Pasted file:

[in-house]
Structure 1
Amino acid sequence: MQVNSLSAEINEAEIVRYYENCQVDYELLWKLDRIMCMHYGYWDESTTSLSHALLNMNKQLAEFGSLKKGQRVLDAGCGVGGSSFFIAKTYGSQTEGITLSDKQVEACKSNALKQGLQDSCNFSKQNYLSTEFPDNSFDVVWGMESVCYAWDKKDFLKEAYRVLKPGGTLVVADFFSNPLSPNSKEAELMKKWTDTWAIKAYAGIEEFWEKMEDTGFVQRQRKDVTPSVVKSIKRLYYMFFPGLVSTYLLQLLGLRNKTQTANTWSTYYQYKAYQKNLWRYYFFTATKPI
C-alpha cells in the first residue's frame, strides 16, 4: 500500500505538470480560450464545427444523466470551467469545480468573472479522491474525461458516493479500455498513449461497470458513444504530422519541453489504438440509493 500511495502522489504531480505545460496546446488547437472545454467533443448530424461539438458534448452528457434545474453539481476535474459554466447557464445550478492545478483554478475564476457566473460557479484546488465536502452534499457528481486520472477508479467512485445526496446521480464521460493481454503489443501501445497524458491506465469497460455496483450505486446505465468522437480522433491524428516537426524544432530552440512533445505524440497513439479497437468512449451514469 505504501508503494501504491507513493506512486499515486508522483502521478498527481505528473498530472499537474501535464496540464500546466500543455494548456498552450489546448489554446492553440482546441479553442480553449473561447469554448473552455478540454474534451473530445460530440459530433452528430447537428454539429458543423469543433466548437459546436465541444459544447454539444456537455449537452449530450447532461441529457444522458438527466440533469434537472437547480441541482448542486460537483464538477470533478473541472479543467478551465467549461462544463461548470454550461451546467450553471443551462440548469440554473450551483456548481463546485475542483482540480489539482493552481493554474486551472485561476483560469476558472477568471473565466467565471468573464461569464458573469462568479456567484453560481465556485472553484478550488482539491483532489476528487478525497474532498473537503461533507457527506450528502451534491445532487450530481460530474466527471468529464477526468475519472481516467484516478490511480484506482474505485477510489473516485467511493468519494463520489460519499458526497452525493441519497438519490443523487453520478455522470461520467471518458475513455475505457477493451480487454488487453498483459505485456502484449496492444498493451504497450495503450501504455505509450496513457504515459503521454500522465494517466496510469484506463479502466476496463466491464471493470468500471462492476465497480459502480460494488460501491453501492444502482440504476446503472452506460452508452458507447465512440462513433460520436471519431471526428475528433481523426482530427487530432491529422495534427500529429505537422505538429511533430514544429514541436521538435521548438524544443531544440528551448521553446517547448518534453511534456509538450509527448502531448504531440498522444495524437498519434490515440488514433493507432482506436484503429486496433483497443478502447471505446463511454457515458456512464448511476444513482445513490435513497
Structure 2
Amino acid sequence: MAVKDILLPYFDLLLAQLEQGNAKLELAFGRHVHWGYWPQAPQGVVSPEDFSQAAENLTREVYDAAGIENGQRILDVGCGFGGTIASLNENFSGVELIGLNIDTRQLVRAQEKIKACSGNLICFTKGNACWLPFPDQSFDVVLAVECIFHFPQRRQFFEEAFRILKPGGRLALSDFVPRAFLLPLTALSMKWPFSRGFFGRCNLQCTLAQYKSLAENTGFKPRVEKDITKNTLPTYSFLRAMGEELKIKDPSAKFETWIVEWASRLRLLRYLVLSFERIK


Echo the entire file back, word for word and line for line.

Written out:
[in-house]
Structure 1
Amino acid sequence: MQVNSLSAEINEAEIVRYYENCQVDYELLWKLDRIMCMHYGYWDESTTSLSHALLNMNKQLAEFGSLKKGQRVLDAGCGVGGSSFFIAKTYGSQTEGITLSDKQVEACKSNALKQGLQDSCNFSKQNYLSTEFPDNSFDVVWGMESVCYAWDKKDFLKEAYRVLKPGGTLVVADFFSNPLSPNSKEAELMKKWTDTWAIKAYAGIEEFWEKMEDTGFVQRQRKDVTPSVVKSIKRLYYMFFPGLVSTYLLQLLGLRNKTQTANTWSTYYQYKAYQKNLWRYYFFTATKPI
C-alpha cells in the first residue's frame, strides 16, 4: 500500500505538470480560450464545427444523466470551467469545480468573472479522491474525461458516493479500455498513449461497470458513444504530422519541453489504438440509493 500511495502522489504531480505545460496546446488547437472545454467533443448530424461539438458534448452528457434545474453539481476535474459554466447557464445550478492545478483554478475564476457566473460557479484546488465536502452534499457528481486520472477508479467512485445526496446521480464521460493481454503489443501501445497524458491506465469497460455496483450505486446505465468522437480522433491524428516537426524544432530552440512533445505524440497513439479497437468512449451514469 505504501508503494501504491507513493506512486499515486508522483502521478498527481505528473498530472499537474501535464496540464500546466500543455494548456498552450489546448489554446492553440482546441479553442480553449473561447469554448473552455478540454474534451473530445460530440459530433452528430447537428454539429458543423469543433466548437459546436465541444459544447454539444456537455449537452449530450447532461441529457444522458438527466440533469434537472437547480441541482448542486460537483464538477470533478473541472479543467478551465467549461462544463461548470454550461451546467450553471443551462440548469440554473450551483456548481463546485475542483482540480489539482493552481493554474486551472485561476483560469476558472477568471473565466467565471468573464461569464458573469462568479456567484453560481465556485472553484478550488482539491483532489476528487478525497474532498473537503461533507457527506450528502451534491445532487450530481460530474466527471468529464477526468475519472481516467484516478490511480484506482474505485477510489473516485467511493468519494463520489460519499458526497452525493441519497438519490443523487453520478455522470461520467471518458475513455475505457477493451480487454488487453498483459505485456502484449496492444498493451504497450495503450501504455505509450496513457504515459503521454500522465494517466496510469484506463479502466476496463466491464471493470468500471462492476465497480459502480460494488460501491453501492444502482440504476446503472452506460452508452458507447465512440462513433460520436471519431471526428475528433481523426482530427487530432491529422495534427500529429505537422505538429511533430514544429514541436521538435521548438524544443531544440528551448521553446517547448518534453511534456509538450509527448502531448504531440498522444495524437498519434490515440488514433493507432482506436484503429486496433483497443478502447471505446463511454457515458456512464448511476444513482445513490435513497
Structure 2
Amino acid sequence: MAVKDILLPYFDLLLAQLEQGNAKLELAFGRHVHWGYWPQAPQGVVSPEDFSQAAENLTREVYDAAGIENGQRILDVGCGFGGTIASLNENFSGVELIGLNIDTRQLVRAQEKIKACSGNLICFTKGNACWLPFPDQSFDVVLAVECIFHFPQRRQFFEEAFRILKPGGRLALSDFVPRAFLLPLTALSMKWPFSRGFFGRCNLQCTLAQYKSLAENTGFKPRVEKDITKNTLPTYSFLRAMGEELKIKDPSAKFETWIVEWASRLRLLRYLVLSFERIK